Advice / all

VOX 5: A Non-POC Guide to Black Lives Matter Allyship

by share

By Nora Rosenfeld, VOX Media Cafe reporter

In a reality filled with a spreading pandemic, a sharp increase in activism, and a strong demand for justice coming from the Black Lives Matter movement, many feel compelled to take action but get lost somewhere in the search for how. A particular group often unsure of where their place lies in the movement is white people — those not personally affected by the cause for which they are fighting. Thus, they strive to become allies, those who align themselves with a movement and use their positions of privilege to further its goals.

This can be a very complicated job however, and there are few important steps that allies can take to ensure that they are being effective as possible in enacting change. Here are five ways for white people to become better allies.

Educate Yourself,  Acknowledge Your White Privilege, and Use it for Good

The first step in being an ally is to understand that you can never understand what is like to be Black in America, or the daily struggles that African Americans face. For white people, regardless of the personal struggles that we may face, the color of our skin will never be a source of hardship. Once you have accepted this idea, you can begin to educate yourself about how to use your white privilege for good. This may include reading up on prominent anti-racist works such as: “Me and White Supremacy” by Layla Saad  and “How to Be An Antiracist” by Ibram X. Kendi, speaking with Black friends about their experiences, and reaching out to people who are willing to speak with you about their struggles.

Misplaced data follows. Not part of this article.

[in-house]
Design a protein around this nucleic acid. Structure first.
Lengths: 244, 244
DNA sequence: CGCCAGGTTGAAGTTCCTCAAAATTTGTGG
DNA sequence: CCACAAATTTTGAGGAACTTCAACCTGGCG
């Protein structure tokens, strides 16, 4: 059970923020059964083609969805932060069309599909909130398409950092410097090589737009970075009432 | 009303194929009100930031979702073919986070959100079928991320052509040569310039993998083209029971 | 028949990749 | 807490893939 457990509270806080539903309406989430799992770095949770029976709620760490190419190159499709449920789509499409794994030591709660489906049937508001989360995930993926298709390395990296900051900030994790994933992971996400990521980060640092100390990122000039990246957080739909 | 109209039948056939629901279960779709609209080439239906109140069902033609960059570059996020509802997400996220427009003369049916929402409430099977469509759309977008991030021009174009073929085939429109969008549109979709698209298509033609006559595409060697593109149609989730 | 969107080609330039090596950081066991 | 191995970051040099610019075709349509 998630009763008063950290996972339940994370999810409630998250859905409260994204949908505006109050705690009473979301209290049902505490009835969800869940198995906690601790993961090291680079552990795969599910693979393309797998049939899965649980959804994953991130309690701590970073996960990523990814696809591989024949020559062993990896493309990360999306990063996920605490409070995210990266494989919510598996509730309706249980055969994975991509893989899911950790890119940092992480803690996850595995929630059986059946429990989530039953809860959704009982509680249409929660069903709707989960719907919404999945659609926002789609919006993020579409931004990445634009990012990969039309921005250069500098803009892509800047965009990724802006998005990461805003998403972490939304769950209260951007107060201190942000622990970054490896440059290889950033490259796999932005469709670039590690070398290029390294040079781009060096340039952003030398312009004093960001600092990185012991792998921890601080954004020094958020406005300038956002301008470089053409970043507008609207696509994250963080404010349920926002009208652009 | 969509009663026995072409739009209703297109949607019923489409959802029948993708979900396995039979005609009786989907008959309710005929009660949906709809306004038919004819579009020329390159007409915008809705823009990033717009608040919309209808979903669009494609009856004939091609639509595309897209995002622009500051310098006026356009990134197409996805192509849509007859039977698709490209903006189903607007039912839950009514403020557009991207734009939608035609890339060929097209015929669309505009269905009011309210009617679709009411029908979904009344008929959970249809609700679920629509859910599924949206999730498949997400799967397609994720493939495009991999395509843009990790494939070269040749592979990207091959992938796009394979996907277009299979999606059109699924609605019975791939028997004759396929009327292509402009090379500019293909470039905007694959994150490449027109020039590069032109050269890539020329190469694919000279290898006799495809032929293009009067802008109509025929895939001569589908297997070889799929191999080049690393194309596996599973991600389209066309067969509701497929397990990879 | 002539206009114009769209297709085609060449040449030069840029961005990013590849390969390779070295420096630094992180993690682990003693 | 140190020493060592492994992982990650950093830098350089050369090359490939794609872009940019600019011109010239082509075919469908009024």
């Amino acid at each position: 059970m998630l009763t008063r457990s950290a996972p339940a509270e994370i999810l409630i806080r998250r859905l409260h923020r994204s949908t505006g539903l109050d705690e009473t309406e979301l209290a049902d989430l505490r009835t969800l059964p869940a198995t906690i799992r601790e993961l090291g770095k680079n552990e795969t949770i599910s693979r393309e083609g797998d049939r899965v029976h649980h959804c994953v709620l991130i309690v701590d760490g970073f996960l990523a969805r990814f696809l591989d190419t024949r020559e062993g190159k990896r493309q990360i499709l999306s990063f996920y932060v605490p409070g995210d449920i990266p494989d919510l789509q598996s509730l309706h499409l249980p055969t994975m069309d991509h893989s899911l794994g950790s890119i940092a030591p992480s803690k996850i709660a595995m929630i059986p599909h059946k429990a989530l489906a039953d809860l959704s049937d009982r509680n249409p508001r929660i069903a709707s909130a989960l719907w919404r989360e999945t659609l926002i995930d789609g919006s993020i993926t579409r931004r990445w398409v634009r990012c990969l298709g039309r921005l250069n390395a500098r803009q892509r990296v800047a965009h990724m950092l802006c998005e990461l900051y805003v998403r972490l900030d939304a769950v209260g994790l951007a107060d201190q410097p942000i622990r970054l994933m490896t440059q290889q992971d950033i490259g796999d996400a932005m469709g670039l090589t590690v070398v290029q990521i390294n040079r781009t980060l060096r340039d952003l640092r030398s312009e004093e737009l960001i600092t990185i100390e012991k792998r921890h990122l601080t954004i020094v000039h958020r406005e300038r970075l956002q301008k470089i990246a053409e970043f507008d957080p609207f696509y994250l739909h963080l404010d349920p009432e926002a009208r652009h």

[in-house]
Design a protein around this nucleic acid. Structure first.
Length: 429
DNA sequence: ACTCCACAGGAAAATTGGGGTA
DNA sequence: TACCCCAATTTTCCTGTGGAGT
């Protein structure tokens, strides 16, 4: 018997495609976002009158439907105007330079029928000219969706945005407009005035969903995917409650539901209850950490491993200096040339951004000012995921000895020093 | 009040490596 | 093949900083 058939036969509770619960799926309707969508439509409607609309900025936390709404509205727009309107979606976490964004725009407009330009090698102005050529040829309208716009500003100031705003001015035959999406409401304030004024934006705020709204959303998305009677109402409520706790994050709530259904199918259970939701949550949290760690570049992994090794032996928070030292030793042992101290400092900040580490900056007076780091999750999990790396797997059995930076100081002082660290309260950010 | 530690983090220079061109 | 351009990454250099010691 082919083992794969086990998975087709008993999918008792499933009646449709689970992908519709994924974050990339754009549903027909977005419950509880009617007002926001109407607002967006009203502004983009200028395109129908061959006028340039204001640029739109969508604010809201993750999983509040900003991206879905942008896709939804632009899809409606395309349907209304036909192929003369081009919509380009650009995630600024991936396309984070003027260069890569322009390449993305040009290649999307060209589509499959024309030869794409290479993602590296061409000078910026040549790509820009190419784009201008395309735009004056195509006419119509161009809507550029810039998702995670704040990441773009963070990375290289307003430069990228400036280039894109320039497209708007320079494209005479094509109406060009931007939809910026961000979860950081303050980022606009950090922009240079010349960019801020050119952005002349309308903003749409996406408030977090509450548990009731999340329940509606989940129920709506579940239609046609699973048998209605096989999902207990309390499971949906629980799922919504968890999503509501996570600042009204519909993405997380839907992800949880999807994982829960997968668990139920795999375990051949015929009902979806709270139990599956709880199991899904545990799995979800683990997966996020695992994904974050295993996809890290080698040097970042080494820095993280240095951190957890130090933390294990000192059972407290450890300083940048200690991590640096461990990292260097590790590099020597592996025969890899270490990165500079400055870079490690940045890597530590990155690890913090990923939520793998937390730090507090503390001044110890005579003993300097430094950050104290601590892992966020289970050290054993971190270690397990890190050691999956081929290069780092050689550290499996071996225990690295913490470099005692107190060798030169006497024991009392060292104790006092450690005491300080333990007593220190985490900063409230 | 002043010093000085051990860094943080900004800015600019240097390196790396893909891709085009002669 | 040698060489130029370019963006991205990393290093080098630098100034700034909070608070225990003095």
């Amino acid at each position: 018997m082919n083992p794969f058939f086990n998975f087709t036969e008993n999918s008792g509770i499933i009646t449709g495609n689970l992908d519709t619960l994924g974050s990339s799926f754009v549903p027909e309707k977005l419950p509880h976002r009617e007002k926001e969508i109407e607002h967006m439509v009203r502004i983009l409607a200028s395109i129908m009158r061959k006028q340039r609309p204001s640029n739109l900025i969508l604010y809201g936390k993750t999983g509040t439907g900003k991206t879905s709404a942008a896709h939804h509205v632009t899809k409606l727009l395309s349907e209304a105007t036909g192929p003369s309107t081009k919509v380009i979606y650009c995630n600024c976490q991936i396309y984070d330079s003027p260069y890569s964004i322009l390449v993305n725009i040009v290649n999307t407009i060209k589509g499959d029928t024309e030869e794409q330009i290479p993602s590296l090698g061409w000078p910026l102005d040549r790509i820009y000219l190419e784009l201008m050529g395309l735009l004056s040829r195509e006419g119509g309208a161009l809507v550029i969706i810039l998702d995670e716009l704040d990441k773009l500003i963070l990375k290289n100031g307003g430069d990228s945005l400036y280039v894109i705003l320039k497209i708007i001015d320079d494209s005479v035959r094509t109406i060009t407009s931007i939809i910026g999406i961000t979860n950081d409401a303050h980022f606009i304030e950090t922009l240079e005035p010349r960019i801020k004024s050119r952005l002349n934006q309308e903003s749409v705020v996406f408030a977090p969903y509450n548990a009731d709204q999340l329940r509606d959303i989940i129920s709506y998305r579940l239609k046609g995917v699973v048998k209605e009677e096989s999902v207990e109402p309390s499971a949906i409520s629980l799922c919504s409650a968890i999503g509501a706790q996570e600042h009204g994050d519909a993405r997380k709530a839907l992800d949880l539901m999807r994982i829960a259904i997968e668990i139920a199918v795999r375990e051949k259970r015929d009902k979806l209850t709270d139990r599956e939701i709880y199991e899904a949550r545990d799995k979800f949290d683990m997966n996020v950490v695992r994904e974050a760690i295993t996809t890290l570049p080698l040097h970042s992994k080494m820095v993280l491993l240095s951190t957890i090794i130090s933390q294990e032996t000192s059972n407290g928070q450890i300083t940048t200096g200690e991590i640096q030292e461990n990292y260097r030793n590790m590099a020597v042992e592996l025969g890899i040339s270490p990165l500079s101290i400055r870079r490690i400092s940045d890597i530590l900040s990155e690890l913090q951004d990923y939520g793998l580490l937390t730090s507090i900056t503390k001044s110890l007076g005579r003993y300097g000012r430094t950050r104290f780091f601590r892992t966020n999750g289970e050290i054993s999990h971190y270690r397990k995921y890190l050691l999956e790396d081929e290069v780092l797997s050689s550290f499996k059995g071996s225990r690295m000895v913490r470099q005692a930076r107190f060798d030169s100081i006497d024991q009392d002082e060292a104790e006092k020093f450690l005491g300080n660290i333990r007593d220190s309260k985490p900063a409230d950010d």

Another important responsibility of allies is to use the respect and status that you are naturally given, due to the color of their skin, to advocate for those who are at a disadvantage. Through no actions of your own, having white skin automatically places you in a position of power and influence over others, and it is the job of those with this power to advocate for those who were not born with it. According to Kayla Gilbert, a 16-year-old at North Atlanta High School, “The ultimate goal of an ally should be to use their privilege to amplify the voices of marginalized people.” This means not attempting to drown out the voices of marginalized people, but using your platform to help them to be heard. This may mean educating other white people on their privilege and how to use it for good, or spreading information about transgressions that do not receive the recognition that they should.

Have Conversations on Anti-Racism with Friends and Relatives and Hold them Accountable for their Micro-aggressions

It is important not to let small comments slide, because they contribute to an overall culture which tolerates injustice. For every racist comment that you leave unchecked, that tells the person making it that it is OK to think those things or act in certain ways. Microaggressions can build up, and they are a large contributor to many of the stigmas and stereotypes found in American society regarding not only race, but gender, ethnicity, and religion as well.